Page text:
Sunday, March 6, 2011

What a Skeptic Requires to Believe in God

An empirical skeptic can be described as someone who does not believe in anything that can be considered superfluous. Given two constructs of equal explanatory power, we are more apt to accept the construct that makes the fewest unnecessary assumptions as the most likely. 
In the case of the question of whether or not there is a divine creator or not, we have two general constructs.
"The universe exists."
"The universe exists and was created by a divine deity."
We can see that the first construct is the simplest, and is thus the default position for any skeptic. Notice, the default position is not, "The universe exists and was not created by a divine deity," but just that the universe exists and the idea of a divine creator is subject to doubt. A person that is skeptical of the existence of God maintains this default position. So, the question is, what is necessary for a skeptic to move past the default position and come closer to accepting the existence of God, or any claim for that matter?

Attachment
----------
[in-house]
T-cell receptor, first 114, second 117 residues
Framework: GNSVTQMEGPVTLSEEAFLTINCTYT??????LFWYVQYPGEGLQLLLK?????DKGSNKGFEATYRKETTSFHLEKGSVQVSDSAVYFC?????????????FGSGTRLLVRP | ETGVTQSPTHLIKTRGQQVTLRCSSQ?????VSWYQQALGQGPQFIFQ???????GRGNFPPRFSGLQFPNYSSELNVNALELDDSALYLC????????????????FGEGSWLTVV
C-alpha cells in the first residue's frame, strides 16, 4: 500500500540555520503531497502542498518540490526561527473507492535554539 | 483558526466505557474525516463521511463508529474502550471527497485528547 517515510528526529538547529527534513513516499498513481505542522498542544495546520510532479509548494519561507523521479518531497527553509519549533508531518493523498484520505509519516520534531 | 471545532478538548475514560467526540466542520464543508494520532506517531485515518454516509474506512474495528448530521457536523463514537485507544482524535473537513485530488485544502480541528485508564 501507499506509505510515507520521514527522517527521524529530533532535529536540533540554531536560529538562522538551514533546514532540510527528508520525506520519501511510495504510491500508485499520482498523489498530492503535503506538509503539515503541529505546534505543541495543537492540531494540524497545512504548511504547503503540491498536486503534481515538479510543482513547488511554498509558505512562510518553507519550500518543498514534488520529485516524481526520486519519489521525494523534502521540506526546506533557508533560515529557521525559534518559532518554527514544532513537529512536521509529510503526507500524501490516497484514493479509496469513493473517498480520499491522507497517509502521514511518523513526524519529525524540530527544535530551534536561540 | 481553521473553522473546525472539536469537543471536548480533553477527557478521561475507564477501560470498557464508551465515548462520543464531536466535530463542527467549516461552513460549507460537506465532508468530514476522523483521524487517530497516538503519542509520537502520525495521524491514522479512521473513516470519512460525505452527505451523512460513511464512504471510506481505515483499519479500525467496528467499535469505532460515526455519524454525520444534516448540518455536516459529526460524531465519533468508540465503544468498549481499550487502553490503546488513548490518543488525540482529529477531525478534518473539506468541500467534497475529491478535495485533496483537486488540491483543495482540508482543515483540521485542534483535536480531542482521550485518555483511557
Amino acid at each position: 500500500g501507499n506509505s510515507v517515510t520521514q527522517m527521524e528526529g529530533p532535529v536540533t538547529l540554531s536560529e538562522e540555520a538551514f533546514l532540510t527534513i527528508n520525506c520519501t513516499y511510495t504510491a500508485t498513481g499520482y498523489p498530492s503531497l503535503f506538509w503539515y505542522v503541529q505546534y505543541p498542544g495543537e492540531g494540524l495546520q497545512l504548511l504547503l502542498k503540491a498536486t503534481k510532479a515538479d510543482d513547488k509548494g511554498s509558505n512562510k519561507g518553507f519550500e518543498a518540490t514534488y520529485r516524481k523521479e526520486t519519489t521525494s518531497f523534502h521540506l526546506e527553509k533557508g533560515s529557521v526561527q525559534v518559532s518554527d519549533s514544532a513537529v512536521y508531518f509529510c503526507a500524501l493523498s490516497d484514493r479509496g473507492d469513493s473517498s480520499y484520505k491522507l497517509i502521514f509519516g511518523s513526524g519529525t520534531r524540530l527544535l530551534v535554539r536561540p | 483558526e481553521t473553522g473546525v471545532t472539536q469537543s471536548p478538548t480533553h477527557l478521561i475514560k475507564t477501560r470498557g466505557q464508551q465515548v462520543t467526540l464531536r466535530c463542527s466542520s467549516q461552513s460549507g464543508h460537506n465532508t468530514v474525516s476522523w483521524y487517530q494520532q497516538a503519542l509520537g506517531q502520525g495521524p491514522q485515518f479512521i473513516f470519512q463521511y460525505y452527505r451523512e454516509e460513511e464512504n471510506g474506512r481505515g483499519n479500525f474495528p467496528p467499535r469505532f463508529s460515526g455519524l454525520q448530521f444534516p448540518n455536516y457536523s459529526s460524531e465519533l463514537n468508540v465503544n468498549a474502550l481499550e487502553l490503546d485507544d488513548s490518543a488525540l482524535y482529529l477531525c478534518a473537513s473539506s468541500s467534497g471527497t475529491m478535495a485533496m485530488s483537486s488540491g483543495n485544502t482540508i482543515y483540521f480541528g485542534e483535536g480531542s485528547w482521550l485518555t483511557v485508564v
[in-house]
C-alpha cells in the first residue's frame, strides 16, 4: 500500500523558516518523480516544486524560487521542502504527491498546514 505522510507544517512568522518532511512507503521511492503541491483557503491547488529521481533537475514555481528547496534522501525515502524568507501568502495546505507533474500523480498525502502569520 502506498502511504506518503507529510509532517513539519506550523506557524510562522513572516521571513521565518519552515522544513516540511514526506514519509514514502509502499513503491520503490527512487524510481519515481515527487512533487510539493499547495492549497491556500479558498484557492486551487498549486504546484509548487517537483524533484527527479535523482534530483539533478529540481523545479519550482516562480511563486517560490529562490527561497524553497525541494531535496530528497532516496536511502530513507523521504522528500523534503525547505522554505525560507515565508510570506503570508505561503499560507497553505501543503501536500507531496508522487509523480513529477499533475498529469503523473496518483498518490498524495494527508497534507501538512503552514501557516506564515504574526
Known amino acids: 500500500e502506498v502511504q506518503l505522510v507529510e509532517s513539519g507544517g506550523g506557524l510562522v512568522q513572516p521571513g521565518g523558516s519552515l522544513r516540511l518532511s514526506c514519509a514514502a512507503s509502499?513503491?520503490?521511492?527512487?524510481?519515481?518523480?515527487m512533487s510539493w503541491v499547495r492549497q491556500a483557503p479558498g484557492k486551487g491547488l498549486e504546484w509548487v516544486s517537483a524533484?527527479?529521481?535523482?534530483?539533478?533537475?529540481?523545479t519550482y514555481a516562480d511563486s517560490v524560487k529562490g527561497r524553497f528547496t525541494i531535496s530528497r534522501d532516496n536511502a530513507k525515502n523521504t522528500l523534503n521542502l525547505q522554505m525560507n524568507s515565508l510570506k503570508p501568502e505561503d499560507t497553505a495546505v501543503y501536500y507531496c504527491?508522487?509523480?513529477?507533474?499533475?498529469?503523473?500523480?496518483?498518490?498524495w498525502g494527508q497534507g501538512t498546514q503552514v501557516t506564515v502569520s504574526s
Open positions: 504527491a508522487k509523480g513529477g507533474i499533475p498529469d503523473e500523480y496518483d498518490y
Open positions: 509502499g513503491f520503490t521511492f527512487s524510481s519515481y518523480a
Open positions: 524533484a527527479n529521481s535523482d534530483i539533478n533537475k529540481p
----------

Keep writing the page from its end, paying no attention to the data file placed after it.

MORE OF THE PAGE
The answer is observations that, when analyzed, demonstrate that the more complex construct has greater explanatory power than the simpler one. These observations analyzed observations are better known as evidence. In order to demonstrate this, the analysis of these observations must be such that it puts the construct through a test, where predictions can be made based upon the construct and observations can demonstrably either lend support or refute it. It's a brute fact of human inquiry that in order to ascertain that an idea may be true, that we can conceive of and possibly observe circumstances that would render the idea false. 
So, in short, what a skeptic requires to move towards belief in God is testable evidence that is far better explained by the existence of God than it could be otherwise. I have yet to hear of any phenomena, including near death experiences, mystical experiences, religious revelations, 'answered' prayers, etc., that are better explained by the existence of God or supernatural forces as opposed to far simpler explanations. In fact, I would argue that most concepts of God are untestable, and thus cannot meet the requirements of belief for a skeptic.

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